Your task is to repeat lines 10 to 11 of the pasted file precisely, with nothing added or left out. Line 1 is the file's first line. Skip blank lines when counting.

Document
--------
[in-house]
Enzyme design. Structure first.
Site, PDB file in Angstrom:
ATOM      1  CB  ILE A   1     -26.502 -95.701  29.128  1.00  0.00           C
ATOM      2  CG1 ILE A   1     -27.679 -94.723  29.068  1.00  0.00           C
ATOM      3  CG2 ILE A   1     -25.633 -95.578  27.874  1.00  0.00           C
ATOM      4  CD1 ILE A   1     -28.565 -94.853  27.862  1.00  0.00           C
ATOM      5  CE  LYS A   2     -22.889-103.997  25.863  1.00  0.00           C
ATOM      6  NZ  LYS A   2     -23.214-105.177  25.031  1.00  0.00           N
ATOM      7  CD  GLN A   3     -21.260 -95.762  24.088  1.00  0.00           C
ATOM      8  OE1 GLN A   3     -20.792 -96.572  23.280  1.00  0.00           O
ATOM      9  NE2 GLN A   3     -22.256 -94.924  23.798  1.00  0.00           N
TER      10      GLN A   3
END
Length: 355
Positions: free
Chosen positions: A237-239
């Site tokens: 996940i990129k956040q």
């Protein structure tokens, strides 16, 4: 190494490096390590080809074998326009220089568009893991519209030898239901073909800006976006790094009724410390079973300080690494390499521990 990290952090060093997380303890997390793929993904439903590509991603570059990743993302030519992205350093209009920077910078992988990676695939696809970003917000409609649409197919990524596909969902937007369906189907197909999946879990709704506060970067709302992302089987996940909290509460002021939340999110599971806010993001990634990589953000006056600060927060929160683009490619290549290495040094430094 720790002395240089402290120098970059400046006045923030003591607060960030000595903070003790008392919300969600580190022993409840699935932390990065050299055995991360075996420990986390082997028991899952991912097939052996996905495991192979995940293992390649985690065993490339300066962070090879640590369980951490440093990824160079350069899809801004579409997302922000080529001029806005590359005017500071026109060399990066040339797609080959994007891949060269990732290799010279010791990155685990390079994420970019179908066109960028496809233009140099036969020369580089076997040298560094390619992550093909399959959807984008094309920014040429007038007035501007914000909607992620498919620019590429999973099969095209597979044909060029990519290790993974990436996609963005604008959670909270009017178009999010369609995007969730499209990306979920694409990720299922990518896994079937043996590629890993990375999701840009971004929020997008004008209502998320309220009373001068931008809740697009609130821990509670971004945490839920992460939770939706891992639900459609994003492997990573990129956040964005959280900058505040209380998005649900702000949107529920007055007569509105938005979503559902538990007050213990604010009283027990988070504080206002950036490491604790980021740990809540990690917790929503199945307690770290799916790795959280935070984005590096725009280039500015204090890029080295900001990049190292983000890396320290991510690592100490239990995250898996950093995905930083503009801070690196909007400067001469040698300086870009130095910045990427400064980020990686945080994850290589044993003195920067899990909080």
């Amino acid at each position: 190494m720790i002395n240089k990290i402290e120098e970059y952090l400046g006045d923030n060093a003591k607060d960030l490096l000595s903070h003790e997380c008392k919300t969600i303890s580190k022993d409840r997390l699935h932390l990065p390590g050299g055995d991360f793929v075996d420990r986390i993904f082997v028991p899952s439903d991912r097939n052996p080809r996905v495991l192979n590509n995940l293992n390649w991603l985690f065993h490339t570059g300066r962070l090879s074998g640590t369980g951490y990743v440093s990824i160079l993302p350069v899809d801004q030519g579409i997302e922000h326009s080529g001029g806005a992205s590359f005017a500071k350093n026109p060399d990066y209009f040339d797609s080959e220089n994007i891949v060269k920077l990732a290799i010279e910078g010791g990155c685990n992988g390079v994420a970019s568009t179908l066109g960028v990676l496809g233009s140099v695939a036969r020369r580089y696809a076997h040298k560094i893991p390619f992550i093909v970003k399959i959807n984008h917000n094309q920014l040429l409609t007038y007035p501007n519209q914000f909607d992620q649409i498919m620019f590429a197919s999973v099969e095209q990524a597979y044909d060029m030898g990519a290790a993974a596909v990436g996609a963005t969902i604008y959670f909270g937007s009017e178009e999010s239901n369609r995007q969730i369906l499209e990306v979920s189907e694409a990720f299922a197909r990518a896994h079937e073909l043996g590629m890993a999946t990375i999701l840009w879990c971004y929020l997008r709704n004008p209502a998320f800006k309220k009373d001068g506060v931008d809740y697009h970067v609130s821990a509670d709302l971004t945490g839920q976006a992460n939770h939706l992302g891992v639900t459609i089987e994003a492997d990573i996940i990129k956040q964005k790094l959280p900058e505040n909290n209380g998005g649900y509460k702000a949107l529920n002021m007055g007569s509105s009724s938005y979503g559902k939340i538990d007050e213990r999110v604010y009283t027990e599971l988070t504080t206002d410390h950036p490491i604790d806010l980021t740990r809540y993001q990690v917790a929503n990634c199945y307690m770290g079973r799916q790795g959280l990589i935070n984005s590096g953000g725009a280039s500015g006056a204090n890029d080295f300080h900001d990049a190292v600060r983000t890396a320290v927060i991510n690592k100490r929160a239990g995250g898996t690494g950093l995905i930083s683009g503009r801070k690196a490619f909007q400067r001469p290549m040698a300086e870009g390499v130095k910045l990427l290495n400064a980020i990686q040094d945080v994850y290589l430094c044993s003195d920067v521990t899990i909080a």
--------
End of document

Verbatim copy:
ATOM      7  CD  GLN A   3     -21.260 -95.762  24.088  1.00  0.00           C
ATOM      8  OE1 GLN A   3     -20.792 -96.572  23.280  1.00  0.00           O